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Ottawa, Mar 20 (Canadian-Media): Canada set a new national Paralympic record with 28 medals in Pyeongchang, South Korea on the last day of the Winter Games on Mar 18 beating the previous record of 19 from the 2010 Games in Vancouver. B.C., media reports said.
Para nordic star Mark Arendz carried Canada's flag into the closing ceremony of the 2018 Paralympic Winter Games in Pyeongchang, South Korea, as the Canadian contingent celebrated its best-ever Winter Paralympics performance by earning eight gold, four silver and 16 bronze in South Korea.
Mark Arendz/Facebook page
Arendz won five individual medals in as many events at the Games and added a cross-country mixed relay silver for his sixth in Pyeongchang.
In his closing remarks, International Paralympic Committee president Andrew Parsons paid tribute to Stephen Hawking, the world-renowned theoretical physicist who died on March 14 and was involved in the opening ceremony of the 2012 Games in London.
"You have once again pushed the limits of human endeavour," Parsons was reported to say to the athletes.
The ceremony acted as a transition to the next Winter Paralympics in Beijing in 2022.
The Paralympic flag inside Pyeongchang Olympic Stadium was lowered and handed over to Beijing mayor Chen Jining, marking the official start of the countdown to the next Winter Games.
(Reporting by Asha Bajaj)
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Toronto/South Korea, Mar 13 (Canadian-Media): Brian McKeever, from Canada on the World Cup circuit at PyeongChang 2018 Paralympic Winter Games in the men's 20-kilometre cross-country ski freestyle race, won gold medal on Sunday, alongside guides Graham Nishikawa and Russell Kennedy, media reports said.
Brian McKeever/Facebook page
One of the older athletes at age 38, McKeever battled against men nearly 20 years his junior, and claimed 14th gold medal in his career, making him Canada's most decorated Winter Paralympian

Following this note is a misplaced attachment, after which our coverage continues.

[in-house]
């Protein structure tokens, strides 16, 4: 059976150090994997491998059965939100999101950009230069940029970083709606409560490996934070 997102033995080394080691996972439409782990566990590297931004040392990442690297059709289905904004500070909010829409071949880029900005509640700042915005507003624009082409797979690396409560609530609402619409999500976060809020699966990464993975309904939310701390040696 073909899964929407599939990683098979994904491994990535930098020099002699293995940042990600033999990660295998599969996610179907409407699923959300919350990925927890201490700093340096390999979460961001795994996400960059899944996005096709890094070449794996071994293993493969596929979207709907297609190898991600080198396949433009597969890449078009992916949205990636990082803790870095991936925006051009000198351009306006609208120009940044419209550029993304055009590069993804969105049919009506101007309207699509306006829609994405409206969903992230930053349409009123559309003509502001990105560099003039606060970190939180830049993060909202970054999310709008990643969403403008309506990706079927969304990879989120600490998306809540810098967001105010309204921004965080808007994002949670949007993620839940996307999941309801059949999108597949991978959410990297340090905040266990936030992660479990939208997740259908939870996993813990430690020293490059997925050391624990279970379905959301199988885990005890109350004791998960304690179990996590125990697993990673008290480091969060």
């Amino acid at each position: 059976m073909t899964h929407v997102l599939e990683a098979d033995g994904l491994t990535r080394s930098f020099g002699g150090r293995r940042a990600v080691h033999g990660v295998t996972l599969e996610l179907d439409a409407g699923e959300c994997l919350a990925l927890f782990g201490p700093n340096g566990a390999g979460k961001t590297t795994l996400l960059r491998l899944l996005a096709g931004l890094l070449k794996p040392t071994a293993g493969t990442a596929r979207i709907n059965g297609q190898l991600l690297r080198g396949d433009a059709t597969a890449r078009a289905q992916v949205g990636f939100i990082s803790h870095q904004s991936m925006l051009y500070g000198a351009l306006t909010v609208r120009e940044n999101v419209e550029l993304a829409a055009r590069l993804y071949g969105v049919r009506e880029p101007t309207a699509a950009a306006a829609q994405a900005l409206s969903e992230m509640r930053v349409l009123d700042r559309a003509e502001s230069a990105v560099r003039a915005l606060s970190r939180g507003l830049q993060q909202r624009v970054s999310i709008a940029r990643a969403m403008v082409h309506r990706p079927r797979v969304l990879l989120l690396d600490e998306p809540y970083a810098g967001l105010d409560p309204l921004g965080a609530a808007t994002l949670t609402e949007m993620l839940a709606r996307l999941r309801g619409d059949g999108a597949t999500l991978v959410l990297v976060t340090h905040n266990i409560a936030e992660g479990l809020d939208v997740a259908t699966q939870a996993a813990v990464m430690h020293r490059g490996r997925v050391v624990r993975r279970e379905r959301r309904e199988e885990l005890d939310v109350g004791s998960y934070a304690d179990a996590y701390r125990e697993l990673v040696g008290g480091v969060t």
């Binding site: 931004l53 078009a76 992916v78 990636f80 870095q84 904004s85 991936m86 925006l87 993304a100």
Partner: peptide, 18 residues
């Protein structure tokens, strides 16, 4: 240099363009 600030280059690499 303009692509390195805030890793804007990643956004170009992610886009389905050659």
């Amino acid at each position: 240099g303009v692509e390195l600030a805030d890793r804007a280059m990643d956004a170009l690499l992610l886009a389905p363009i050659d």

It was between 1980 and 1994 that the late Lana Spreeman reportedly had won 13 medals in para-alpine skiing.
Twenty years after learning he was losing his eyesight, the Canmore, Alberta based McKeever never lost a step.
"The last lap was very hard," McKeever was reported to state. "I was hurting at the end."
Someone yelled on the final stretch, "Brian, you're a minute ahead." And it was true.
McKeever's gold medal in the men's visually impaired 20 km cross-country skiing event gave him 14 Paralympic medals, the most in Canadian history.
His Paralympic resume reportedly included 11 gold, two silver and one bronze, with more chances for medals to come in Pyeongchang, South Korea.
"These guys did a great job of towing me today," McKeever was reported to say after the race. "They took care of me the whole way."
When McKeever was 18 years old he was heart broken to learn that he had Stargardt disease which reportedly had already been wrecking his central vision.
He was reported to say that he could see the doughnut but not the hole.
McKeever was already an accomplished skier at the time and he picked up his spirits by following a new path and switched over to the Canadian Paralympic program.
At age 30, his coach decided to leave him on the sidelines for the men's 50-km race at the 2010 Vancouver Games, B.C.
McKeever was again sad as he felt his dream of racing at both the Olympics and Paralympics being crumbled.